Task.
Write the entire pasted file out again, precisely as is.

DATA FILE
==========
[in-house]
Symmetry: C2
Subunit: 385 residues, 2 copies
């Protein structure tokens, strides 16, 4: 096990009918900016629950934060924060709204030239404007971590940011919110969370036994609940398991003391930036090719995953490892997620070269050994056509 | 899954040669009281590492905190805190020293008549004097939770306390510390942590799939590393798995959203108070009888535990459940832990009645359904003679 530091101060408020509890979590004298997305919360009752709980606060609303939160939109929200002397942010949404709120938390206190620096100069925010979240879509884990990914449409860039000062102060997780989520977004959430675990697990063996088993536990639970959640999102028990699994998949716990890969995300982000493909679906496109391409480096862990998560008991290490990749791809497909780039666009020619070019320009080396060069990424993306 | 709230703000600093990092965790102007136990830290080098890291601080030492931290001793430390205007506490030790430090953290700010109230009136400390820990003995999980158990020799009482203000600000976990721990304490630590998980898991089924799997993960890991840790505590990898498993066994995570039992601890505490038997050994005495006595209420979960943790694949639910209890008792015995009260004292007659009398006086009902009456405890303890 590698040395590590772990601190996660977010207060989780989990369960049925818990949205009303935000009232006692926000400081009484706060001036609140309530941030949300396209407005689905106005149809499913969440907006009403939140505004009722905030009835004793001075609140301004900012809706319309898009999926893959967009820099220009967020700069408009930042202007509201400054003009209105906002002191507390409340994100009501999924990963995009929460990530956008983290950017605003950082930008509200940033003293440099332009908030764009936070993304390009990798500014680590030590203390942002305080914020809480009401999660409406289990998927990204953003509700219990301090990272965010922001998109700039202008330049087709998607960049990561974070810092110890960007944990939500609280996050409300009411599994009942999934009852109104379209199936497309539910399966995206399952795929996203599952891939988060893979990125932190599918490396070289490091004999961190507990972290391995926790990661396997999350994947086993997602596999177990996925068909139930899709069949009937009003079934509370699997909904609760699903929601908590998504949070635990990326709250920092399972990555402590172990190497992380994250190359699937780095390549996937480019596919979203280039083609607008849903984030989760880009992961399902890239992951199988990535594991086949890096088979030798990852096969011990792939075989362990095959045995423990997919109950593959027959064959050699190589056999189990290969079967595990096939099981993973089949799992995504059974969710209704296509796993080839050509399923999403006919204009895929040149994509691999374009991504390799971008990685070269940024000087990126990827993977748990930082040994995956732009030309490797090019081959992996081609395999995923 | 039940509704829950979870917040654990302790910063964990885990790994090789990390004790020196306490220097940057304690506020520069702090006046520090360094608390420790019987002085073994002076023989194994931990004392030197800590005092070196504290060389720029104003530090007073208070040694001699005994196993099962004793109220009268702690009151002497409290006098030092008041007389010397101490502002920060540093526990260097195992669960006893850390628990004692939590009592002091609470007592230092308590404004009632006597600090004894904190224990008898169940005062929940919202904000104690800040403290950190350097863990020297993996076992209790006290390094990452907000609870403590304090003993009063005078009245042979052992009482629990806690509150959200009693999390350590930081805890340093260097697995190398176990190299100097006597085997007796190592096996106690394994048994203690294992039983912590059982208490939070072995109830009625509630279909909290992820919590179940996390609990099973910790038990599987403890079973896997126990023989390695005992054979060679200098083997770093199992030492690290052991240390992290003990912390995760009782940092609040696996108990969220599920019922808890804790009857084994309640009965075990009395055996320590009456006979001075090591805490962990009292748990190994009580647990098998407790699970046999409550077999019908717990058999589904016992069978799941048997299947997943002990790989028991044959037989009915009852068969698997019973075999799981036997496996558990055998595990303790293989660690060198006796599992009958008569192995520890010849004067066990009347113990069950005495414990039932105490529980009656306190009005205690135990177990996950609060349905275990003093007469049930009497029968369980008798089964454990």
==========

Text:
[in-house]
Symmetry: C2
Subunit: 385 residues, 2 copies
């Protein structure tokens, strides 16, 4: 096990009918900016629950934060924060709204030239404007971590940011919110969370036994609940398991003391930036090719995953490892997620070269050994056509 | 899954040669009281590492905190805190020293008549004097939770306390510390942590799939590393798995959203108070009888535990459940832990009645359904003679 530091101060408020509890979590004298997305919360009752709980606060609303939160939109929200002397942010949404709120938390206190620096100069925010979240879509884990990914449409860039000062102060997780989520977004959430675990697990063996088993536990639970959640999102028990699994998949716990890969995300982000493909679906496109391409480096862990998560008991290490990749791809497909780039666009020619070019320009080396060069990424993306 | 709230703000600093990092965790102007136990830290080098890291601080030492931290001793430390205007506490030790430090953290700010109230009136400390820990003995999980158990020799009482203000600000976990721990304490630590998980898991089924799997993960890991840790505590990898498993066994995570039992601890505490038997050994005495006595209420979960943790694949639910209890008792015995009260004292007659009398006086009902009456405890303890 590698040395590590772990601190996660977010207060989780989990369960049925818990949205009303935000009232006692926000400081009484706060001036609140309530941030949300396209407005689905106005149809499913969440907006009403939140505004009722905030009835004793001075609140301004900012809706319309898009999926893959967009820099220009967020700069408009930042202007509201400054003009209105906002002191507390409340994100009501999924990963995009929460990530956008983290950017605003950082930008509200940033003293440099332009908030764009936070993304390009990798500014680590030590203390942002305080914020809480009401999660409406289990998927990204953003509700219990301090990272965010922001998109700039202008330049087709998607960049990561974070810092110890960007944990939500609280996050409300009411599994009942999934009852109104379209199936497309539910399966995206399952795929996203599952891939988060893979990125932190599918490396070289490091004999961190507990972290391995926790990661396997999350994947086993997602596999177990996925068909139930899709069949009937009003079934509370699997909904609760699903929601908590998504949070635990990326709250920092399972990555402590172990190497992380994250190359699937780095390549996937480019596919979203280039083609607008849903984030989760880009992961399902890239992951199988990535594991086949890096088979030798990852096969011990792939075989362990095959045995423990997919109950593959027959064959050699190589056999189990290969079967595990096939099981993973089949799992995504059974969710209704296509796993080839050509399923999403006919204009895929040149994509691999374009991504390799971008990685070269940024000087990126990827993977748990930082040994995956732009030309490797090019081959992996081609395999995923 | 039940509704829950979870917040654990302790910063964990885990790994090789990390004790020196306490220097940057304690506020520069702090006046520090360094608390420790019987002085073994002076023989194994931990004392030197800590005092070196504290060389720029104003530090007073208070040694001699005994196993099962004793109220009268702690009151002497409290006098030092008041007389010397101490502002920060540093526990260097195992669960006893850390628990004692939590009592002091609470007592230092308590404004009632006597600090004894904190224990008898169940005062929940919202904000104690800040403290950190350097863990020297993996076992209790006290390094990452907000609870403590304090003993009063005078009245042979052992009482629990806690509150959200009693999390350590930081805890340093260097697995190398176990190299100097006597085997007796190592096996106690394994048994203690294992039983912590059982208490939070072995109830009625509630279909909290992820919590179940996390609990099973910790038990599987403890079973896997126990023989390695005992054979060679200098083997770093199992030492690290052991240390992290003990912390995760009782940092609040696996108990969220599920019922808890804790009857084994309640009965075990009395055996320590009456006979001075090591805490962990009292748990190994009580647990098998407790699970046999409550077999019908717990058999589904016992069978799941048997299947997943002990790989028991044959037989009915009852068969698997019973075999799981036997496996558990055998595990303790293989660690060198006796599992009958008569192995520890010849004067066990009347113990069950005495414990039932105490529980009656306190009005205690135990177990996950609060349905275990003093007469049930009497029968369980008798089964454990």